PostgreSQL's indexes - BTrees algorithms

September 2018 · 13 minute read

Introduction

In the previous article, I introduced the internal data structure of a postgres BTree index. Now it’s time to talk about searching and maintaining them.

I think that understanding this can help know when using a BTree makes sense and when it wouldn’t be very efficient.

Searching in a BTree

Initializing scankeys

In order to search in a BTree, postgres first uses the query scan to define scankeys. If possible, redundants keys in your query are eliminated to keep only the tightest bounds. If you did something real smart like

SELECT email, number_of teeth FROM crocodile
WHERE number_of_teeth > 4
      AND number_of_teeth > 5
ORDER BY number_of_teeth ASC;

The tightest bound is number_of_teeth > 5, so the result of the query would be

                 email                  | number_of_teeth
----------------------------------------+-----------------
 anne.chow222131@croco.com              |               6
 valentin.williams222154@croco.com      |               6
 pauline.lal222156@croco.com            |               6
 han.yadav232276@croco.com              |               6

The BTree search function

The scankeys are passed to the _bt_search function.
Its purpose is to find the first leaf page where the scankey could be found.

In order to explain the _bt_search algorithm, I’m going to use the following query.

SELECT email FROM crocodile WHERE number_of_teeth >= 20;

Step 1: Initialize
_bt_search initialize a page pointer bufP to the root or fast root.
At this step, if we take my BTree, bufP would be on the root with block number 290.

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Step 2: Let’s climb down that tree
The second step is a loop iterating until the bufP pointer is a leaf page.

Step 2.1: should I stop looking ?

If the bufP page is a leaf page, we break the loop and return a stack containing:

  • the block number of the parent page of the leaf
  • the block number of the leaf page
  • the offset of the first item in the leaf page matching our scankey
  • the stack of the parent

This way we have the path leading to the leaf page.

Step 2.2: move right or not move right ?

At this point the function _bt_moveright is called.
It decides if it’s necessary to follow the right pointer of the current bufP page. This happens if, while descending on the tree, there was an insert.
It could then be possible that the current bufP page was split.

For example, the _bt_search for my previous query is looking for the first leaf page that could contain crocodiles with more than 20 teeth. The root doesn’t have a right page, so bufP wouldn’t change.
It would then descend on the page 289 where the high key is 31 and the minimum value is 16 like you can see here.

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So the new bufP is the page circled in orange.

But let’s say, while the parents pages of the index were being explored, an insert forced the page to be split in two and the BTree looks like that

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You can see that the high key of the page 289 went from 31 to 19 and the page has a new right sibling because it was split.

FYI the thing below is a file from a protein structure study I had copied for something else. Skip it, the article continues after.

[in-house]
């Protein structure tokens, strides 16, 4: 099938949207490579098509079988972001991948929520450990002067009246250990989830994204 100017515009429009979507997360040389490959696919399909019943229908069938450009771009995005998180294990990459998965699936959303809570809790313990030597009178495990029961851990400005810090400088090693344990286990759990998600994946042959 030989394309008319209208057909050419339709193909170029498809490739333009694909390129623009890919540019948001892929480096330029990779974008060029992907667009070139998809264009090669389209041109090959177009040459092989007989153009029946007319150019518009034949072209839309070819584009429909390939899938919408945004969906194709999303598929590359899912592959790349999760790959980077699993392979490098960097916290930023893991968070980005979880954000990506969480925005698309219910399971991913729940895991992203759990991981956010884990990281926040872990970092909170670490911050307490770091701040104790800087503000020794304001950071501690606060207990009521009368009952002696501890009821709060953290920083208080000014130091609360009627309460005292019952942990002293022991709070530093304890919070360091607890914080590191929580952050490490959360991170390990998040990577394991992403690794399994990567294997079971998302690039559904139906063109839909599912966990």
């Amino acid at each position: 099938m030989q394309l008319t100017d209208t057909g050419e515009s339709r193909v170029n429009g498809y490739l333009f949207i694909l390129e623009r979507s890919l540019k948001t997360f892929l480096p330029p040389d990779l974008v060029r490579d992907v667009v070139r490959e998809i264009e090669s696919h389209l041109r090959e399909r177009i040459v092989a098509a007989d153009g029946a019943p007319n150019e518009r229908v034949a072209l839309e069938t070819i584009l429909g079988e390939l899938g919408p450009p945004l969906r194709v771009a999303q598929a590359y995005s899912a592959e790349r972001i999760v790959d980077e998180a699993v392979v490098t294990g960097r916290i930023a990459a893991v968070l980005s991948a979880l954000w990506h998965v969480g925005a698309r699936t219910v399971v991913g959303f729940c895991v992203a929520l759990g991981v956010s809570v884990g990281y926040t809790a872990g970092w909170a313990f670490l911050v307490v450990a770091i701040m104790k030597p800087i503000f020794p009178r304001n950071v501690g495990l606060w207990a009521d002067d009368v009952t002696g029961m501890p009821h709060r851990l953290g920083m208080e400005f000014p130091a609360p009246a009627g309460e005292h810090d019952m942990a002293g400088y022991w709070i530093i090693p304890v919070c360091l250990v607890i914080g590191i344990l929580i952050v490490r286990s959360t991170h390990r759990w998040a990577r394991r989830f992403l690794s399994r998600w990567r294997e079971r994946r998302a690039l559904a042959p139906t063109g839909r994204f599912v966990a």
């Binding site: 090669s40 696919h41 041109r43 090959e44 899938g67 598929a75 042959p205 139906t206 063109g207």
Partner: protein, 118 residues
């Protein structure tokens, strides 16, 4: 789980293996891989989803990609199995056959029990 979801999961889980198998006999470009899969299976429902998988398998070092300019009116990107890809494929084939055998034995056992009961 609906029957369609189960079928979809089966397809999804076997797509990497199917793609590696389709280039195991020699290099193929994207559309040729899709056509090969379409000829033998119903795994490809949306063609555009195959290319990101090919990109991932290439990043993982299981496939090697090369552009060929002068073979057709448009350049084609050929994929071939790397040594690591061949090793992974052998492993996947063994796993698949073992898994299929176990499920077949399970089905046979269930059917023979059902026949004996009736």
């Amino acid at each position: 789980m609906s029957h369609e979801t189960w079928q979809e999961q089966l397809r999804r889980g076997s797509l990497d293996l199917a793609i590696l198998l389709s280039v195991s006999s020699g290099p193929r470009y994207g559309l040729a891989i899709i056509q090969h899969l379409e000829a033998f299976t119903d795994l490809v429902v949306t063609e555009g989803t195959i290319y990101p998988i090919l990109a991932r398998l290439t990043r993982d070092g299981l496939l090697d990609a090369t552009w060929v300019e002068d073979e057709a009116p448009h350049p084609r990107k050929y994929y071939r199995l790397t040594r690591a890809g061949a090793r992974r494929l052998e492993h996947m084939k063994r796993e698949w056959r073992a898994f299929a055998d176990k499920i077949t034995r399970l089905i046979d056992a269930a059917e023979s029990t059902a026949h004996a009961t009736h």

In this case, we know that the crocodiles with 20 teeth or more won’t be on the branch of the page 289 anymore, and the new bufPis set to the direct right sibling, so page with block number 840.

The algorithm moves right if the page high key is stricly lower than the scankey.

Step 2.3: looking into the bufP page items

Once the possibility of moving right has been explored, we now want to look into the page items to find the children page to follow.

At this point the function _bt_binsrch performs a binary search on the page’s items.
As I’m trying to actually make this article not too long (maybe you haven’t noticed ;) ) I won’t explain the binary search algorithm, but you can read the wikipedia article and the source code

If the page is not a leaf, it returns the offset of the last item with a value stricly lower than the scankey. So all the rows matching the clause can be found in the index after that item.

Let’s get back to our index and the query.

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_bt_binsrch would return the offset of the item with value 16, as it’s not a leaf page and it’s the last item with a key lower than the scankey (which is 20)

In a leaf page however, _bt_binsrch returns the offset of the first element with a value higher or equal than the scankey.

Step 2.4: locking and moving

Once we have the offset of the item
- the block number of the page pointed by this item is retrieved
- the stack that will be returned at the end of the search is built
- the bufP pointer is updated to point to the item child page
- a read lock is aquired on the new bufP page and the read lock on the parent is released

About read locks

I mentionned the fact that we put read locks on the currently examined page. This read locks ensure that the records on that page are not motified while reading it.
Of course, it doesn’t mean that there is not a concurrent insert on a child page, which is why we still need to possibly move to the right page.

To sum up

In a nutshell, the search algorithm is: